While the whole country stays at home, teenagers are under our control more than ever. Their freedoms and their future have also been eroded, writes Tainui Stephens.


I like teenagers. I really do. And my heart goes out to them. It’s always been tough and awkward to be one, but it’s harder these days.  

All my life I’ve heard it said that our youth are the leaders of tomorrow. I reckon, sadly, we adults are bequeathing our youth a tomorrow that looks pretty shitty.

The Covid-19 virus is working its way through all the people on the planet. It is only the latest and loudest wake-up call that our Earth Mother, Papatūānuku, labours under severe duress.

While the world copes with this malicious bug, teenagers are watching us. They’re observing how we, their elders, cope with the stress of a unique event in world history. This is not another bog standard economic or political crisis. We face a life or death situation that tests the character of all adults. 

Our young people will learn from our actions — or inaction.

If I was a teenager today, I’d be anxious about the world I’m about to inherit. A job, a home, a family, clean air, and fresh water are well on their way to becoming luxuries. Yet there is cause for hope. The beauty of our whakapapa and gene pool, is that each new generation of our children represents the newest and best version of us created so far.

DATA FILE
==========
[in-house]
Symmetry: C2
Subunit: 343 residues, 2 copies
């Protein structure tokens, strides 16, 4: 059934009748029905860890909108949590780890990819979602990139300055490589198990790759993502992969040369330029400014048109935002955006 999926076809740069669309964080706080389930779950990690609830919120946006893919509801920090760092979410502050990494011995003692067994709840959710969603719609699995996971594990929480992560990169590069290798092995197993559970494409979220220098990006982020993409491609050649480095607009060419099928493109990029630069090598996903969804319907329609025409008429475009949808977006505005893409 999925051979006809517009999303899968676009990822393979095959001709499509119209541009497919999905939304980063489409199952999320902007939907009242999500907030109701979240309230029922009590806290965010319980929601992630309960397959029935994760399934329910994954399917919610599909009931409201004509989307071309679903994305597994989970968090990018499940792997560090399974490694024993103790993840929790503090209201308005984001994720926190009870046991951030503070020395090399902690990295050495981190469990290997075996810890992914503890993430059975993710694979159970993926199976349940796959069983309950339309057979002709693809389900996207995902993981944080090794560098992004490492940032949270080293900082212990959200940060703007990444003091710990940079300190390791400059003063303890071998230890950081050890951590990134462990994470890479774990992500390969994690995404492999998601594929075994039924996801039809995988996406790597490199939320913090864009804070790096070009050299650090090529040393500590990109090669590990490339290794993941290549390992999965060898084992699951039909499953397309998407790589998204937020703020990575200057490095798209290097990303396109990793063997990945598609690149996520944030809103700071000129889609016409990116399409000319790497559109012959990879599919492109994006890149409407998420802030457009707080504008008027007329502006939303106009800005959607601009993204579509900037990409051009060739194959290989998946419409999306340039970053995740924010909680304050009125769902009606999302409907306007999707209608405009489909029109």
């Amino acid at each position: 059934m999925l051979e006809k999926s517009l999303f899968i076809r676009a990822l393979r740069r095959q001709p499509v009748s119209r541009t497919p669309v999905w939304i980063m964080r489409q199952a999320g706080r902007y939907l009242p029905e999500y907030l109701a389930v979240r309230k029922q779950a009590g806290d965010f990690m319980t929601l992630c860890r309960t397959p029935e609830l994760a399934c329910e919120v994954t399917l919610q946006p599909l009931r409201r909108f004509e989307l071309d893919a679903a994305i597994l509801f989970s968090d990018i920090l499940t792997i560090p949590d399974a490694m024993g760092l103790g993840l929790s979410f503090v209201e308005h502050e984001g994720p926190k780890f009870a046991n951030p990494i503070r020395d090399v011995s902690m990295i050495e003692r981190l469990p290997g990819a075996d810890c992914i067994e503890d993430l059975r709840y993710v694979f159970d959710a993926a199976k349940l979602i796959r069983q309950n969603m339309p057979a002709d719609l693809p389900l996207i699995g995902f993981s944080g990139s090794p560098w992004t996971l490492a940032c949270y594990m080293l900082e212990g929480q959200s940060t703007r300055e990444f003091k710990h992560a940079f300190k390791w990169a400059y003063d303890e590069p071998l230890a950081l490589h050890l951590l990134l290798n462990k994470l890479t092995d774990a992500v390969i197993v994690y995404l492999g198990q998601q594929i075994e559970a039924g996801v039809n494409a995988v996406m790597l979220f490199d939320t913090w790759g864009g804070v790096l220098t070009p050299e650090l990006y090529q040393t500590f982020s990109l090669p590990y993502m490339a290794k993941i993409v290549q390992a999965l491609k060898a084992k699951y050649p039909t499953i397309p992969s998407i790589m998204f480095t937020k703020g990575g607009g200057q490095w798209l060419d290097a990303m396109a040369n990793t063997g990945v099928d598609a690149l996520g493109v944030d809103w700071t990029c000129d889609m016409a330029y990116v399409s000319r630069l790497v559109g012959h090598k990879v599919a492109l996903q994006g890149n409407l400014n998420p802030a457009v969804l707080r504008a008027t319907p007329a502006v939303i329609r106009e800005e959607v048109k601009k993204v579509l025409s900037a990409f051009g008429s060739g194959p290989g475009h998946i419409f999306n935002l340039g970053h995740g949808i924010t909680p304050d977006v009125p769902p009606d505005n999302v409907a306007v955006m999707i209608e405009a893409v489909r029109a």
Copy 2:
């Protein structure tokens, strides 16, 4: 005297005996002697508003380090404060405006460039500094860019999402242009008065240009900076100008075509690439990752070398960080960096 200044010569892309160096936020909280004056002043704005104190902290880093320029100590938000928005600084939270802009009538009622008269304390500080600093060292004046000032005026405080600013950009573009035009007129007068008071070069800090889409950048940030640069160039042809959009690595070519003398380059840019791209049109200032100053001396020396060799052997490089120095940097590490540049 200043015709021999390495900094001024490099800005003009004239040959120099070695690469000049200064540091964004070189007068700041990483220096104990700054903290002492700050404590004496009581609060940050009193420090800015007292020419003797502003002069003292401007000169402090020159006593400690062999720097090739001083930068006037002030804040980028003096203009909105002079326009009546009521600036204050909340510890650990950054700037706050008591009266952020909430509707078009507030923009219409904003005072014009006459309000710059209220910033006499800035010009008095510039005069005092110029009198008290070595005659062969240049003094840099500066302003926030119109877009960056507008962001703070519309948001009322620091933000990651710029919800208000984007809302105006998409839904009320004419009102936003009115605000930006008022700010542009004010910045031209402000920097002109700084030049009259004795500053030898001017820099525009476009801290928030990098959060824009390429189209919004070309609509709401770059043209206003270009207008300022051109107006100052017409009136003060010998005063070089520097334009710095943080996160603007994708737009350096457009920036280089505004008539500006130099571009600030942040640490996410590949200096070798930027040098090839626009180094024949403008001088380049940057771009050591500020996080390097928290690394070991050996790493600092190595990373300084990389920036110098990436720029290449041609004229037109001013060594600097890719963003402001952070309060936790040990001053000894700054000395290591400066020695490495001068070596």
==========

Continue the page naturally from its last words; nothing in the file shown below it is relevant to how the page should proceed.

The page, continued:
I feel the truth of that when I observe teenage faces that start out looking like mum or dad (or both) then gradually settle into their own combo of inherited features. I also appreciate teenagers who try out all the emotional arrows in their quiver in an attempt to understand the freedom and responsibilities of being an individual.

Tainui (right) in his 7th form year, with his siblings Dale and Māmari.

When I was 13, the border of my world was as far as I could ride my bike. Getting my driver’s licence at 15 took me a lot further, but nowhere as far as the young people of today can travel. Thanks to more transport options and the internet, they’ve been able to get around New Zealand and the world, easily. They are already global citizens.

I believe the current crop of teenagers are special. They inhabit an era quite different from any other in all our history. Our species is halfway between the analogue world of yesterday and the digital world of tomorrow. As adults, our various duties of life and death colour our opinions at best, and compromise them at worst. There is a purity and clarity about the dreams of teenagers. They’ve had to grow up fast. We should pay more attention to them. They, too, are fellow citizens with the right to a point of view.

My own view of the world started to take shape during my adolescence in Christchurch.